Happy Gut by Vincent Pedre by Vincent Pedre - Read Online

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Happy Gut - Vincent Pedre

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To my mother—I know you would be so proud.

To my father—Thank you for giving me the opportunity to become a doctor and help others.

And to my son, Ambrose—May you always have a happy gut.



Foreword by Leo Galland, MD



1    It’s All in Your Gut

2    The Happy Gut Diet: Phase I Explained

*The Happy Gut Shopping List


3    Eliminate Symptoms and Maintain Your Health with the Gut C.A.R.E. Program

*A Day on the Happy Gut Diet

4    Tips for Success: Creating a Happy Gut

*The Happy Gut Meal Plan


5    Reintroduction and Your Gut C.A.R.E. Plan for Life

6    Further Testing for Gut-Related Ailments


7    The Emotional Gut: The Mind-Gut Connection

8    The Physical Gut: The Body-Gut Connection


9    Happy Gut Recipes


Matcha Energizer

Swiss Chard and Strawberry

Raspberry Recharge

Go Green

Spicy Avocado

Blue Ginger

Chocolate-Covered Almond

Homemade Nut Milks and Dairy-Free Kefir

Homemade Almond Milk

Coconut-Almond Milk Made from Real Coconut

Coconut-Almond Milk Made from Shredded Coconut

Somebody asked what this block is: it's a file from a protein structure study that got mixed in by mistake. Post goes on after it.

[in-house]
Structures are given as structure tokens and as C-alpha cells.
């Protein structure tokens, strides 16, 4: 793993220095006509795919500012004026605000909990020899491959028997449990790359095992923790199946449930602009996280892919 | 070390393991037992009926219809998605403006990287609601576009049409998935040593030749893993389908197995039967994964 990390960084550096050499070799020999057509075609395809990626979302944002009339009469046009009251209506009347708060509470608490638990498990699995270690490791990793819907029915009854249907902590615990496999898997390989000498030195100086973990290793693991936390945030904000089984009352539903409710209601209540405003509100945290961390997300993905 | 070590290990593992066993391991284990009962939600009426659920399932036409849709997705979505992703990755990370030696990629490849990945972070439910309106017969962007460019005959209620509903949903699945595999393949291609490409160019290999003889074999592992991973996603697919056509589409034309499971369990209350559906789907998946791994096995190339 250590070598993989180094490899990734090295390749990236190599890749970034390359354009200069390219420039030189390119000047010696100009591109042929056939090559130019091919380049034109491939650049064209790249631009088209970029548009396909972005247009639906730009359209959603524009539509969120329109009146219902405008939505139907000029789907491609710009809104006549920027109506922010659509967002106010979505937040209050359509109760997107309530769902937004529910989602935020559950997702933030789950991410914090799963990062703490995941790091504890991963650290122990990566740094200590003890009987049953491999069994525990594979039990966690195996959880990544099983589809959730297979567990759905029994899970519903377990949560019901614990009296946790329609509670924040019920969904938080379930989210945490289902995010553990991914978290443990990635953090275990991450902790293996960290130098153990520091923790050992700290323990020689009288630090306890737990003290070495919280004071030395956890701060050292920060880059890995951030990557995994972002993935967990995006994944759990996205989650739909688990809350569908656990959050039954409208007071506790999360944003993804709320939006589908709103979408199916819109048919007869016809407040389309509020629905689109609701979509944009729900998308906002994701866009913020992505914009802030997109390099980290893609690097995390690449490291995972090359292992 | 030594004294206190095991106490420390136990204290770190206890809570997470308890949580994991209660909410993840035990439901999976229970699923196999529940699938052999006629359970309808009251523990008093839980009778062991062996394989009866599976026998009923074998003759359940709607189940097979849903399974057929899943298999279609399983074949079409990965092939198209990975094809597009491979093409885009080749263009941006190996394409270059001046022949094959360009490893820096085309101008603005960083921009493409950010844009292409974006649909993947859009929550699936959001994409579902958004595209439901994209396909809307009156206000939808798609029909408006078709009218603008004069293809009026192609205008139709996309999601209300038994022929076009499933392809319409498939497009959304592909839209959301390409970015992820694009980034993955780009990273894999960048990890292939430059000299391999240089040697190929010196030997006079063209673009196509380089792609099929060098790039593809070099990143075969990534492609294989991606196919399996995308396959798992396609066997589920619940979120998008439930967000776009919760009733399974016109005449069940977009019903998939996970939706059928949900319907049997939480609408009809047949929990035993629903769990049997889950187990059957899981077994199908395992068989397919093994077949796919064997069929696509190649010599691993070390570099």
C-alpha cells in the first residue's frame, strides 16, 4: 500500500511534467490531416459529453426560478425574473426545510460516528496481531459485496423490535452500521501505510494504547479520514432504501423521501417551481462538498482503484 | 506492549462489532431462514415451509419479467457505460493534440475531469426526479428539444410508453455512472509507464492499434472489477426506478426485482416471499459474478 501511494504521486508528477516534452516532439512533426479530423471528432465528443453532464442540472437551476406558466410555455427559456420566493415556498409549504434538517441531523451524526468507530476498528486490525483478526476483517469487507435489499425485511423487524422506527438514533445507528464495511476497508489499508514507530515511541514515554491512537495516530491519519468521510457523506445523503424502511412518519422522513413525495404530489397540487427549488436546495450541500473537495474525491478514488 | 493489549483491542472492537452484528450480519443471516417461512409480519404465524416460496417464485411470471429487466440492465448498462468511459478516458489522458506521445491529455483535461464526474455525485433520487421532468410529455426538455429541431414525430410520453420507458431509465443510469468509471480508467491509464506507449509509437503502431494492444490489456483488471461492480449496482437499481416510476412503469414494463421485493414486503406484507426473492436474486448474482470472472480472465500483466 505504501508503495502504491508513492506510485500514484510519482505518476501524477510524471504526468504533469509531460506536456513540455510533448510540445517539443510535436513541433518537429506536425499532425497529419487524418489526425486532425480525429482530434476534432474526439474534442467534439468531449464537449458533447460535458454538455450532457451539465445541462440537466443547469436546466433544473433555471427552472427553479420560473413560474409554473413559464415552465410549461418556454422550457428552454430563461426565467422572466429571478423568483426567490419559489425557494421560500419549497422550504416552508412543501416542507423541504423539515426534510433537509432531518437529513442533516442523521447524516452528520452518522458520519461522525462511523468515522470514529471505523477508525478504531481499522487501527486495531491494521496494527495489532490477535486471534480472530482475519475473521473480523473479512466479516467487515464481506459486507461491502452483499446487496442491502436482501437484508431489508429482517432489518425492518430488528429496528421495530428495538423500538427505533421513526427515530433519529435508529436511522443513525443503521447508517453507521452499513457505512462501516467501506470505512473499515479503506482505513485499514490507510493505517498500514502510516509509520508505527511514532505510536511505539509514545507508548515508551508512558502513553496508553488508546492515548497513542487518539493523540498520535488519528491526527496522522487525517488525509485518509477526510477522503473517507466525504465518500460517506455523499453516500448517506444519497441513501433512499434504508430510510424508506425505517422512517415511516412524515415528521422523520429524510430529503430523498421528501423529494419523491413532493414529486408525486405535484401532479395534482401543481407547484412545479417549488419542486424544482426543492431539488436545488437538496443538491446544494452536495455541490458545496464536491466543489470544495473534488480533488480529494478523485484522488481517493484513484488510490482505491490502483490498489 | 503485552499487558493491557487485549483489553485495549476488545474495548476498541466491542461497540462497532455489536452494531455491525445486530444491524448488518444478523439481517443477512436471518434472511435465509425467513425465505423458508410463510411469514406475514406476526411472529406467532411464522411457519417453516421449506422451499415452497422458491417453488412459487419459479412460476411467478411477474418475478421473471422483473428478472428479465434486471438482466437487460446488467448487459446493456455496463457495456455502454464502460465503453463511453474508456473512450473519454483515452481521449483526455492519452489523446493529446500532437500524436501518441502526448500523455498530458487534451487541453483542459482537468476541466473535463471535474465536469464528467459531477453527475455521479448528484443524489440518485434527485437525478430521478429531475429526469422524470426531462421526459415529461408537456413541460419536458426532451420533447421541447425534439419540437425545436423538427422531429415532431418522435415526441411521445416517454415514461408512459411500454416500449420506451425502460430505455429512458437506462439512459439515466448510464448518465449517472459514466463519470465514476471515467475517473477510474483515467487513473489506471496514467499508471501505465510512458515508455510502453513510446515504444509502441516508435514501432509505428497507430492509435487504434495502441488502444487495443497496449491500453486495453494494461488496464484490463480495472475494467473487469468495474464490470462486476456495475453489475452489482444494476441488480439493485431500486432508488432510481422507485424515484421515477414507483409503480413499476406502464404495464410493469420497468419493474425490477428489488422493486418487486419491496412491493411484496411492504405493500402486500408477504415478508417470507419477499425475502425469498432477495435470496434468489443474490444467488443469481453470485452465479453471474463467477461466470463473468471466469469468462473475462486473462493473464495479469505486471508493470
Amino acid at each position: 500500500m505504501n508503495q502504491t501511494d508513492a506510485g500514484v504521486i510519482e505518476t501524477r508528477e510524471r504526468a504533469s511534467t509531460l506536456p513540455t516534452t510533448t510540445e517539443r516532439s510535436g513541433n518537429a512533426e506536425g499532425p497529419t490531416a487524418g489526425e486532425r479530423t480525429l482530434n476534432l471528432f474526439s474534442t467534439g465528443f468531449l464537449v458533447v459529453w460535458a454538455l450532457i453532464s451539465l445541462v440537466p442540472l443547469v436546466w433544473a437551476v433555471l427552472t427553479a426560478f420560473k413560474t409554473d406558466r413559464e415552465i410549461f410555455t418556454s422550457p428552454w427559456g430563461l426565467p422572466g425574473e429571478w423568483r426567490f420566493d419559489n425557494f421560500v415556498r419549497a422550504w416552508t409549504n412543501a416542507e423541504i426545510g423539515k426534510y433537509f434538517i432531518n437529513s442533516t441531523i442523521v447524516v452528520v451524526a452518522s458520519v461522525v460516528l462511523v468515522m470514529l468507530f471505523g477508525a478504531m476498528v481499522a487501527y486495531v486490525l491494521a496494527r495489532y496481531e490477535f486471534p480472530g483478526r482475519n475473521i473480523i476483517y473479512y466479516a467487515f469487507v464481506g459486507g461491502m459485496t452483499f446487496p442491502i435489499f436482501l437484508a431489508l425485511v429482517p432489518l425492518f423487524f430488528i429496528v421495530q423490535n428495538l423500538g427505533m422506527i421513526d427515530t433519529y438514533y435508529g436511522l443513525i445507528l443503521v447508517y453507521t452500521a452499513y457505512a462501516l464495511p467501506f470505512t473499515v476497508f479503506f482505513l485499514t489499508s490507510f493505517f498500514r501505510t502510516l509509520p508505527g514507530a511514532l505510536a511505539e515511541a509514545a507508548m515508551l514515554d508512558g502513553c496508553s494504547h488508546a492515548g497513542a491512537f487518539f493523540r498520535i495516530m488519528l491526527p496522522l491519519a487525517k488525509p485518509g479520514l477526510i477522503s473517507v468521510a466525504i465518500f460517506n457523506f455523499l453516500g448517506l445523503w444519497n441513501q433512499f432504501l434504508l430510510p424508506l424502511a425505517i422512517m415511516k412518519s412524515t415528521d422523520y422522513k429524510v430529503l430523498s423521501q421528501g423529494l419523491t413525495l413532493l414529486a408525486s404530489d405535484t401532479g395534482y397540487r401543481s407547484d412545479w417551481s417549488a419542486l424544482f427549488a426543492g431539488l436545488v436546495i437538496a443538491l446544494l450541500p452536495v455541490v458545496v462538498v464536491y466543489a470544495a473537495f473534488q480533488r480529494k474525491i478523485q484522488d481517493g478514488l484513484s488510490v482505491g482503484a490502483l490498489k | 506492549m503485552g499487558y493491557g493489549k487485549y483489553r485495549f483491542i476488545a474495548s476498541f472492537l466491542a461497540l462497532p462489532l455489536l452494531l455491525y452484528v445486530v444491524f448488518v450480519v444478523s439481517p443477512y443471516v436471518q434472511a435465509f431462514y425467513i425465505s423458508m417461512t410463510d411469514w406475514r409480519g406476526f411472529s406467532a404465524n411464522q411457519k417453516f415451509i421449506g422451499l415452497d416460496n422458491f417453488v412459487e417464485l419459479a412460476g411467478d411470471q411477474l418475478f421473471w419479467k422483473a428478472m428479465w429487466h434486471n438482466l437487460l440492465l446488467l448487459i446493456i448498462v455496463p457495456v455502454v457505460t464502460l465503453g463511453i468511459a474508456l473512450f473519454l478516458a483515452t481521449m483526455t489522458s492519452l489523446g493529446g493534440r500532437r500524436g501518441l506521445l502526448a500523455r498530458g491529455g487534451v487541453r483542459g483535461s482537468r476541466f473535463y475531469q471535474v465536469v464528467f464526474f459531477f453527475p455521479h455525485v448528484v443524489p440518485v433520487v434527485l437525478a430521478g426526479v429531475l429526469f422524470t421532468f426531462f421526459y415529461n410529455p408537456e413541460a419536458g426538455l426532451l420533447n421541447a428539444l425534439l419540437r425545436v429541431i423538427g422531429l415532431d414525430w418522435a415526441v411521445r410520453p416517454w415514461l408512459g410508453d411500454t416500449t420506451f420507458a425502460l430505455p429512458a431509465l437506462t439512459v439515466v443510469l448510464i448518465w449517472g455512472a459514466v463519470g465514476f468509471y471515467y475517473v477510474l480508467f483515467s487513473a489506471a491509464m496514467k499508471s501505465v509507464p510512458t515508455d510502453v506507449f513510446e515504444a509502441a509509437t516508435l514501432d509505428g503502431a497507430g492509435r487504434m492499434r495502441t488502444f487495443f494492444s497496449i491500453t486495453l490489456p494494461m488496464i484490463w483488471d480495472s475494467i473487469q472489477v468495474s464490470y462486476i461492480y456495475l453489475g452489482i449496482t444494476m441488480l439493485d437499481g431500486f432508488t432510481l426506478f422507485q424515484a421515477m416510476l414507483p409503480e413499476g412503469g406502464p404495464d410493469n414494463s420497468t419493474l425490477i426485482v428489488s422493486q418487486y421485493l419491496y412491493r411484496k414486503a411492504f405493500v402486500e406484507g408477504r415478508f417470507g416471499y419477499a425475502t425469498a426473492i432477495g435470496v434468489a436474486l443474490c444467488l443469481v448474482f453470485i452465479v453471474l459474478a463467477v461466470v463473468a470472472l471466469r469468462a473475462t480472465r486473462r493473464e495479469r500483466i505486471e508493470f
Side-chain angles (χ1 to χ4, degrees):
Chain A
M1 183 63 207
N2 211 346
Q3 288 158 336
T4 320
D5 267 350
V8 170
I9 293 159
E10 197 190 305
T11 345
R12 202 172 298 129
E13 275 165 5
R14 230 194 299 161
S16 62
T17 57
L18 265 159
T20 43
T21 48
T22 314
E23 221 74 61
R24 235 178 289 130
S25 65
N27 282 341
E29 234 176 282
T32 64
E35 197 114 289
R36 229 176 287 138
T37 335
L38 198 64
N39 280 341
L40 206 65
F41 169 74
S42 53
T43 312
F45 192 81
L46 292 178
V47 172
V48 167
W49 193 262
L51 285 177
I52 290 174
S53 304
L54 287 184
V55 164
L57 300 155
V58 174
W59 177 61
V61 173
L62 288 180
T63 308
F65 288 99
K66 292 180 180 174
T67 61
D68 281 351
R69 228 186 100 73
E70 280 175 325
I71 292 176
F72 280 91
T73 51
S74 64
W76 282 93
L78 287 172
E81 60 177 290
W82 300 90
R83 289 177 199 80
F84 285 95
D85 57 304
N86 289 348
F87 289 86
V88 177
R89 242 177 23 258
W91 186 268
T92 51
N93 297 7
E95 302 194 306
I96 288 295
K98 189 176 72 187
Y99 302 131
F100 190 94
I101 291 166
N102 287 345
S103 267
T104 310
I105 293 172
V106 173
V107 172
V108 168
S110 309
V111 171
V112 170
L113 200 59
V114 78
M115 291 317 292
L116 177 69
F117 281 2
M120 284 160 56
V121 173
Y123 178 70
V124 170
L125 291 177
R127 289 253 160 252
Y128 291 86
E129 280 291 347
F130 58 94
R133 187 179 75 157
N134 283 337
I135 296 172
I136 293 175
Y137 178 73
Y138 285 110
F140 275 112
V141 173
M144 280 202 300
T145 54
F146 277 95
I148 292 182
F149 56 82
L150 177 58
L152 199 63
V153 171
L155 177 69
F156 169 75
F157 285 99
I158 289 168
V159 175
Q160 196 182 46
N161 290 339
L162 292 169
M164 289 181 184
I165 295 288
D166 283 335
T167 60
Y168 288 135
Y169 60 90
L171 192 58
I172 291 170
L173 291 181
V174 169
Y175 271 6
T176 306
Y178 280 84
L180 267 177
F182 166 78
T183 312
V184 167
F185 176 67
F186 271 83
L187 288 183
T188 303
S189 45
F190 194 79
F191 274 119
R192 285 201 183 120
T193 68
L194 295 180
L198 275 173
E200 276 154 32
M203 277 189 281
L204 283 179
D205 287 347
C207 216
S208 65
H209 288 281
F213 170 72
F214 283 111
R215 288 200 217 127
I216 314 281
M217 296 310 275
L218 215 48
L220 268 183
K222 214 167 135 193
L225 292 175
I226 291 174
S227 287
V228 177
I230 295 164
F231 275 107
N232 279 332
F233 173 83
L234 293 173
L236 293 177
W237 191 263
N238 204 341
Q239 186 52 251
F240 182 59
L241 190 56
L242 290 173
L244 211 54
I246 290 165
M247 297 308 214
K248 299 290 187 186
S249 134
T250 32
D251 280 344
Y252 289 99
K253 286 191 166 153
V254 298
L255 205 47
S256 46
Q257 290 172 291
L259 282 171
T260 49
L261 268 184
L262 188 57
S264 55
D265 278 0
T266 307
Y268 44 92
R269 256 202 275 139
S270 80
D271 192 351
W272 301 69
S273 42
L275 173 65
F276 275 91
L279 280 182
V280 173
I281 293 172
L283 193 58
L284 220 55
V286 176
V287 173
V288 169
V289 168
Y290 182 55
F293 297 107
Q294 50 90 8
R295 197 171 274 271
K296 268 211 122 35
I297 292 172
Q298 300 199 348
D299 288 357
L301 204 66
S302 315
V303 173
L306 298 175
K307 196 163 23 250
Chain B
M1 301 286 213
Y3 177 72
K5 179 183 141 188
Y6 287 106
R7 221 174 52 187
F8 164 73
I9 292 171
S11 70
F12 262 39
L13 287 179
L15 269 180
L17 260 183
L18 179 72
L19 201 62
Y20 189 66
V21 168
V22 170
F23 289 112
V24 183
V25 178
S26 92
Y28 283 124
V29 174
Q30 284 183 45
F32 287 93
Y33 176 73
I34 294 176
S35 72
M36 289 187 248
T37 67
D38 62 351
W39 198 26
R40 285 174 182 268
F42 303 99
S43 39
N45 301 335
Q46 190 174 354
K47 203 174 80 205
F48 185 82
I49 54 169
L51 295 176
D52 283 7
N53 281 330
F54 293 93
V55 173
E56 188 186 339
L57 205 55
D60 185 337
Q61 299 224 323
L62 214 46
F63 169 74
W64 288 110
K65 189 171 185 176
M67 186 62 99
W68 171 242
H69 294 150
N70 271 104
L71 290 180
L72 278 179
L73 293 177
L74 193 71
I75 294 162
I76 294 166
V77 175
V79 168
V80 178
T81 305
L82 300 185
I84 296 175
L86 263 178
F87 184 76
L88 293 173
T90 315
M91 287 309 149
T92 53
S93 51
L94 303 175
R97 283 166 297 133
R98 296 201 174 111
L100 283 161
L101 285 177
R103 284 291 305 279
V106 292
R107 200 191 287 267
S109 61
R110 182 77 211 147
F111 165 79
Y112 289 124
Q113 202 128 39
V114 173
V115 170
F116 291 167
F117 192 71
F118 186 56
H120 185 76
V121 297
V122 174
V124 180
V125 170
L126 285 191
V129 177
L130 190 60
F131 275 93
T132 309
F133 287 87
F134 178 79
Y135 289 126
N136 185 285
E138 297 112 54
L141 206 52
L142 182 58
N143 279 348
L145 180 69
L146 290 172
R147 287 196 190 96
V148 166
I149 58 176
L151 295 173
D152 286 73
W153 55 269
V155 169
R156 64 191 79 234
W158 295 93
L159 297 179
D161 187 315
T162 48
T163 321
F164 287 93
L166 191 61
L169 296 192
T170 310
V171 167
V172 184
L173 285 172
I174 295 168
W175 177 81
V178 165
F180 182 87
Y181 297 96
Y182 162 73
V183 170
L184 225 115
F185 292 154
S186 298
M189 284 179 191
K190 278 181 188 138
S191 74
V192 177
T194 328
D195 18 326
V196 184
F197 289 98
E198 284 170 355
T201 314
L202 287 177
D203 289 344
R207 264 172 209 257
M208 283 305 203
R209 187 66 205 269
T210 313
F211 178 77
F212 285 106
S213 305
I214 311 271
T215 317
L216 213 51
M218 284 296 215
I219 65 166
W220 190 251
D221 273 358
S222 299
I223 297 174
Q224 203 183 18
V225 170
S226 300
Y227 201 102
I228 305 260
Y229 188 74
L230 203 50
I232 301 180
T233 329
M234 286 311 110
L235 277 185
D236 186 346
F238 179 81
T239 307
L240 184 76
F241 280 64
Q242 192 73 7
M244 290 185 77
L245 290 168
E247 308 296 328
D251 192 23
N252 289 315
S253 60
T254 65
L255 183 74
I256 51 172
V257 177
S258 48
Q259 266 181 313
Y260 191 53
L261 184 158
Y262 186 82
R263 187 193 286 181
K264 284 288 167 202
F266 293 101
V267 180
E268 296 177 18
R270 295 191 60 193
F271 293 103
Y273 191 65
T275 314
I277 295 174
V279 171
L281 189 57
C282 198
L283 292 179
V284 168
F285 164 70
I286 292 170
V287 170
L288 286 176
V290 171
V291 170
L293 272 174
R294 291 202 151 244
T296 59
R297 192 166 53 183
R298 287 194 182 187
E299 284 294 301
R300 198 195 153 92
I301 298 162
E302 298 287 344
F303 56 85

Coconut Water Kefir


Homemade Vegetable Broth

Immune-Boosting Vegetable Soup

Grass-Fed Beef-Bone Broth

Pumpkin Soup with Coconut Cream

Butternut Squash Bisque with Toasted Walnuts


Summer Fresh Citrus Salad with Sliced Almonds

Mediterranean Chickpea Salad

Avocado and Organic Heirloom Tomato Salad

Shredded Carrot Salad with Toasted Almonds and Berries

Mixed Greens with Sliced Strawberries

Chicken and Pistachio Lettuce Wraps

Veggie Slaw with Citrus Vinaigrette

Watercress and Jicama Salad

Quinoa Salad with Apples and Walnuts

Dr. Pedre’s Scallion Vinaigrette

Healthy Homemade Snacks

Flax Super-Seed Crackers

Nut and Seed Bars

Crispy Kale Chips

Seafood Entrées

Mahi-Mahi with Shallots, Lime, and Veggies in Parchment

Stir-Fried Veggies and Shrimp over Rice Noodles

Roasted Wild Salmon with Dill Sauce

Poultry Entrées

Roasted Chicken

Chicken Piccata

Stuffed Mexican Turkey Burger

Cilantro Pesto

Chicken Curry

Grass-Fed Beef and Lamb Entrées

Beef Kabobs

Bison Burger

Rosemary Lamb

Seared Steak with Dijon-Horseradish Sauce

Vegetarian Entrées and Sides

Roasted Sweet Potato Wedges with Toasted Pumpkin Seeds

Coconut Brown Rice

Spaghetti Squash with Garlic-Infused Oil and Pine Nuts

Buckwheat Pasta and Vegetables in Homemade Vegetable Broth

Harvest Wild Rice Bowl

Roasted Cauliflower with Toasted Walnut Topping

Veggie-Stuffed Spring Rolls


Coconut Macaroons

Almond-Hemp Chocolate Truffles

Fresh Berries with Whipped Coconut Cream

Appendix A: Pre-Program Four-Day Food/Symptom Journal

Appendix B: Twenty-Eight-Day Happy Gut Diet Food/Symptom Journal

Appendix C: Recommended Supplements and Brands

Appendix D: Resources

Appendix E: Gut-Related Medication Side Effects




About the Author



About the Publisher


Leo Galland, MD

Author of The Allergy Solution: The Surprising, Hidden Truth About Why You Are Sick and How to Get Well


THE MAIN THING YOU want from your digestive tract is that it does its job quietly, without talking back to you. You don’t want to know that it’s there.